Rahul Yadav Reportedly Launching a Data Analytics Company

Ex-CEO of Housing.com Rahul Yadav’s new venture has been in the news lately, with three senior staff members from the online property firm reportedly joining his new startup. The latest rumours further substantiate the claim, and add the new startup is reportedly a data analytics and visualisation product that will be used by e-commerce firms.

In a news report published in the Financial Express on Thursday, Paytm founder Vijay Shekhar Sharma confirmed his investment in the venture. “He has an understanding of technology and we hope he has learnt his lesson and moved ahead,” he is quoted as saying in the news report.

Housing.com had acquired risk assessment service provider Realty Business Intelligence for Rs. 10 crores in June, during Yadav’s tenure as CEO, which is seen as a related tangent in the report.

The report says that Flipkart’s Sachin Bansal and Micromax co-founder Rahul Sharma have also made a personal investment in Yadav’s new venture. NDTV Gadgets hasn’t been able to independently confirm the reports. Housing’s board fired Yadav in July in a statement that cited his “behaviour towards investors, ecosystem, and the media.”

Yadav made a cryptic post about his project on his Facebook profile, code naming it ‘Intelligent Interfaces (ii)’, inviting elite/hardcore gamers to enroll for product roles.

China, US Can Cooperate on Cyber-Security

China and the United States can cooperate on cyber-security and could work together with other countries on global cyber-security rules in a spirit of respect, China’s top diplomat was quoted on Friday as saying.

The comments from State Councillor Yang Jiechi were published in the English-language China Daily after US Director of National Intelligence James Clapper told a congressional committee on Thursday the United States must beef up security against Chinese hackers. Yang’s comments were not a direct reaction.

“China and the United States actually can make cyber-security a point of cooperation between our two countries,” Yang said in an interview focussed on Chinese President Xi Jinping’s upcoming state visit to America.

“We hope China, the United States and other countries could work together to work out the rules forcyber-security in the international arena in the spirit of mutual respect, equality and mutual benefit,” said Yang, who outranks the foreign minister.

The Obama administration is considering targeted sanctions against Chinese individuals and companies for cyber-attacks against US commercial targets, several US officials have said. Chinese hackers have also been implicated in the massive hacking of the US government’s personnel office disclosed this year.

Clapper’s testimony added to pressure on Beijing over its conduct in cyberspace just weeks before Xi’s visit.

Yang noted, as Chinese officials regularly do, that China was itself a hacking victim and said suspected cases of hacking should be investigated and handled “on a solid, factual basis”.

On another point of rising friction between the United States and China – the territorial disputes in the South China Sea – Yang said he hoped the United States would stay on the sidelines because it was not part of the disputes.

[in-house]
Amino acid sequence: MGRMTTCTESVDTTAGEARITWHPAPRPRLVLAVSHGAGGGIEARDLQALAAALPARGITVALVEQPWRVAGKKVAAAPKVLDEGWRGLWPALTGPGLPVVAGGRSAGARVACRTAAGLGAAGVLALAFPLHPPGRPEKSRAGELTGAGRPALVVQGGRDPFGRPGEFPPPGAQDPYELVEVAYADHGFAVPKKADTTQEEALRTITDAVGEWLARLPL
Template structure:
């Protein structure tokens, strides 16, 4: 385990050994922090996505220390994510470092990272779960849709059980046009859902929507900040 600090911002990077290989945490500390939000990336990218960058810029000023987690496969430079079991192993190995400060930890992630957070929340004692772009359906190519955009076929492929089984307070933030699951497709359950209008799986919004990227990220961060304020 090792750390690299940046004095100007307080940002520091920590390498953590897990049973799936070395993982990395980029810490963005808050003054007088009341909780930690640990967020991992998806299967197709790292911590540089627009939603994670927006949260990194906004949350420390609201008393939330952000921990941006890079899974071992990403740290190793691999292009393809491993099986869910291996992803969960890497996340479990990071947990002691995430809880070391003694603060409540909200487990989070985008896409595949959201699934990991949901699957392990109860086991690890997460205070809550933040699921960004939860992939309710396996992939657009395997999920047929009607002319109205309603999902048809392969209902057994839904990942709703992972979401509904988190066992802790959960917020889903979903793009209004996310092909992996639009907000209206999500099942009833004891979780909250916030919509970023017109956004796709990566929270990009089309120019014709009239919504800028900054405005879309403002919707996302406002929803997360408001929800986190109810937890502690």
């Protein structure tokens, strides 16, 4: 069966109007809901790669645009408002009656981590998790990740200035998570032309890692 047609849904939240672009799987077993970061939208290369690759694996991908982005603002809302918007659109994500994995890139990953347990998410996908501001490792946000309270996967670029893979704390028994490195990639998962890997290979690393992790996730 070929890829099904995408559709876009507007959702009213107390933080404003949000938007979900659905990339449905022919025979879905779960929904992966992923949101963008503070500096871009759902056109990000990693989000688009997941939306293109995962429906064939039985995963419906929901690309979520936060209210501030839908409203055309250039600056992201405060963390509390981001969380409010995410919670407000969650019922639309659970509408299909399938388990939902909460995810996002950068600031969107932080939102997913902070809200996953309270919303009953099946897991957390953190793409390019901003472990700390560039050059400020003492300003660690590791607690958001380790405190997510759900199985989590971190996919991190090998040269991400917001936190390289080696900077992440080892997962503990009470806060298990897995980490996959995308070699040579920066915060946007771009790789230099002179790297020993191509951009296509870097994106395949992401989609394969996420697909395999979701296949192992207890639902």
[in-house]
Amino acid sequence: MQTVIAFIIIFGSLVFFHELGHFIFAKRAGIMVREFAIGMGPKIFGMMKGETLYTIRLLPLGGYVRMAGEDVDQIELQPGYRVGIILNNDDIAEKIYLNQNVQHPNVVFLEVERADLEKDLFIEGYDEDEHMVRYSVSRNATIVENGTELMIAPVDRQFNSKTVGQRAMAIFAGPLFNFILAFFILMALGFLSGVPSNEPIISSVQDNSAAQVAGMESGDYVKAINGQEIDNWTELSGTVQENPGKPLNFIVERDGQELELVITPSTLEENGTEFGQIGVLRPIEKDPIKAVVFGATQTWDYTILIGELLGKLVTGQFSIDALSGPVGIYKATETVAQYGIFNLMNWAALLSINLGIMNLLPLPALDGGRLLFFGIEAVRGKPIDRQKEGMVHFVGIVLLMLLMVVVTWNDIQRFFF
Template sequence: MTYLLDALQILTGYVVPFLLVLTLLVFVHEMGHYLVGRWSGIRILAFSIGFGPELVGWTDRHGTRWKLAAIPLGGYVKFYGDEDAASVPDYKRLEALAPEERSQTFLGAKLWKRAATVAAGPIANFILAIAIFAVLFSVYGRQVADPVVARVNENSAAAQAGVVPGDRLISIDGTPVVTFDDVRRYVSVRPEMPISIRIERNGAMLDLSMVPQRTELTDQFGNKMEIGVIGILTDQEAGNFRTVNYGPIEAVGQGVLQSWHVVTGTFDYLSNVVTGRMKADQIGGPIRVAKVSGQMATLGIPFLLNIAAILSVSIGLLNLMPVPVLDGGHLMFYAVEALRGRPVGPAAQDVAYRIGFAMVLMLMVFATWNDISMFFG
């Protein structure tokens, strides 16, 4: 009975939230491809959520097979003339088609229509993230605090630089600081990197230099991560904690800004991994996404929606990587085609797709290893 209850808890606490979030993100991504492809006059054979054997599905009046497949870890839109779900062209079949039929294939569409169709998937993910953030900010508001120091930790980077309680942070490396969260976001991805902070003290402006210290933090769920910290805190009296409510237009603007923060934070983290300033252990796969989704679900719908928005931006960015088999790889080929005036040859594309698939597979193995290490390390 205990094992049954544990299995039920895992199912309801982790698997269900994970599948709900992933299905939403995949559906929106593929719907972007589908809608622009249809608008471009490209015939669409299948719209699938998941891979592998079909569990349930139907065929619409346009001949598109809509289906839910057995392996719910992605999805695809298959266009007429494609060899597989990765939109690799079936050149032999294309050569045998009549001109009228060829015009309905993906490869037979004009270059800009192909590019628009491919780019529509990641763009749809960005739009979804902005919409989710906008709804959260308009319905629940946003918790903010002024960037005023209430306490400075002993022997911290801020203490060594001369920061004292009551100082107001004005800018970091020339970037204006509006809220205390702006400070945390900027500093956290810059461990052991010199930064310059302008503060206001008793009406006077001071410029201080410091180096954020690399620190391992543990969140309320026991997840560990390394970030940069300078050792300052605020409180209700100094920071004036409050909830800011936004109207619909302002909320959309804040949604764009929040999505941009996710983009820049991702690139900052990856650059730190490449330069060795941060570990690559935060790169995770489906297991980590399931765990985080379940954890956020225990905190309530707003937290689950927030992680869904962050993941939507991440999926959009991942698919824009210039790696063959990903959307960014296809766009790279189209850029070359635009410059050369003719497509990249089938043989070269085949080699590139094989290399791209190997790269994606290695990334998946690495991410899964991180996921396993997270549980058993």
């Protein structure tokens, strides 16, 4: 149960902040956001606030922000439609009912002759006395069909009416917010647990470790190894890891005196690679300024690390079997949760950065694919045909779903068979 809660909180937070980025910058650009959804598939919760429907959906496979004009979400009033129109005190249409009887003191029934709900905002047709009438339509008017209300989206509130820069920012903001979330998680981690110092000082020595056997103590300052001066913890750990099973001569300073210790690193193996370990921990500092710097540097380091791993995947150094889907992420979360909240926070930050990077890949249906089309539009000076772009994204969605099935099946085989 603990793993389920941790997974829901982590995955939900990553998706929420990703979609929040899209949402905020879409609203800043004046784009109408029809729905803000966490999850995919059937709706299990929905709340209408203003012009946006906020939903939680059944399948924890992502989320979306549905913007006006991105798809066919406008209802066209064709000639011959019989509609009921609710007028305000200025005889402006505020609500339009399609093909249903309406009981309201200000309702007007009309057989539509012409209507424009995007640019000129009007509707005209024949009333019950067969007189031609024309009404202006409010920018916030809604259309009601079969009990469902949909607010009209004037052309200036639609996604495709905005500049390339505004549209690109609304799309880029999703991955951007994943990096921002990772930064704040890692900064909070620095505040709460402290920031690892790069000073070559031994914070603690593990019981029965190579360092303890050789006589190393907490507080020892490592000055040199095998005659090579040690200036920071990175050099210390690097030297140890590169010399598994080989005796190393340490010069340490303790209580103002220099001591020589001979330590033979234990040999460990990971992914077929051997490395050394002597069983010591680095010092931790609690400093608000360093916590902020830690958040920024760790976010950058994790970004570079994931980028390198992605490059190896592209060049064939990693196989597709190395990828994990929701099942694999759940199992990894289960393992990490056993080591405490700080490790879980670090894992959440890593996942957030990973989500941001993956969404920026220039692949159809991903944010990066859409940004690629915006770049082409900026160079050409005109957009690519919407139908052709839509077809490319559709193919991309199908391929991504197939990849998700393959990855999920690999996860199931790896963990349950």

He added, though: “It is important for both countries to stay in close touch even if they have different perceptions and views.”

Japan Charges Bitcoin Exchange CEO With Embezzlement

Japanese prosecutors on Friday charged the head of collapsed Bitcoin exchange MtGox with embezzlement, Jiji Press news agency said, amid fraud allegations over the disappearance of hundreds of millions of dollars worth of the virtual currency.

The charges, which could not be immediately confirmed, come after France-born Mark Karpeles, 30, was taken into police custody in Tokyo last month over the affair. It was unclear if the indictment related to all or a part of the missing money.

He has been held without formal charge for six weeks, as allowed under Japanese law.

Karpeles was first taken into custody over claims he fraudulently tinkered with data and transferred funds to other firms controlled by him dozens of times between 2011 and 2013.

He was later rearrested for allegedly pocketing about JPY 321 million (roughly Rs. 18 crores) worth ofBitcoin deposits, extending an initial three-week incarceration during which time police likely grilled him over the incident.

Tokyo-based MtGox froze withdrawals in early 2014 and was later shuttered over the missing money, which it said was linked to a bug in the software underpinning Bitcoins that allowed hackers to pilfer them.

The exchange which once boasted it handled around 80 percent of global Bitcoin transactions filed for bankruptcy protection soon after the cyber-money went missing.

Karpeles later said he had found some 200,000 of the lost Bitcoins in a “cold wallet” – a storage device, such as a memory stick, that is not connected to other computers.

Bitcoins are generated by complex chains of interactions among a huge network of computers around the planet, and are not backed by any government or central bank, unlike traditional currencies.

Backers say virtual currencies allow for an efficient and anonymous way to store and transfer funds online. But critics argue the lack of legal framework governing the currency, the opaque way it is traded and its volatility make it dangerous.

Bitcoin’s reputation was also damaged when US authorities seized funds as part of an investigation into the online black market Silk Road.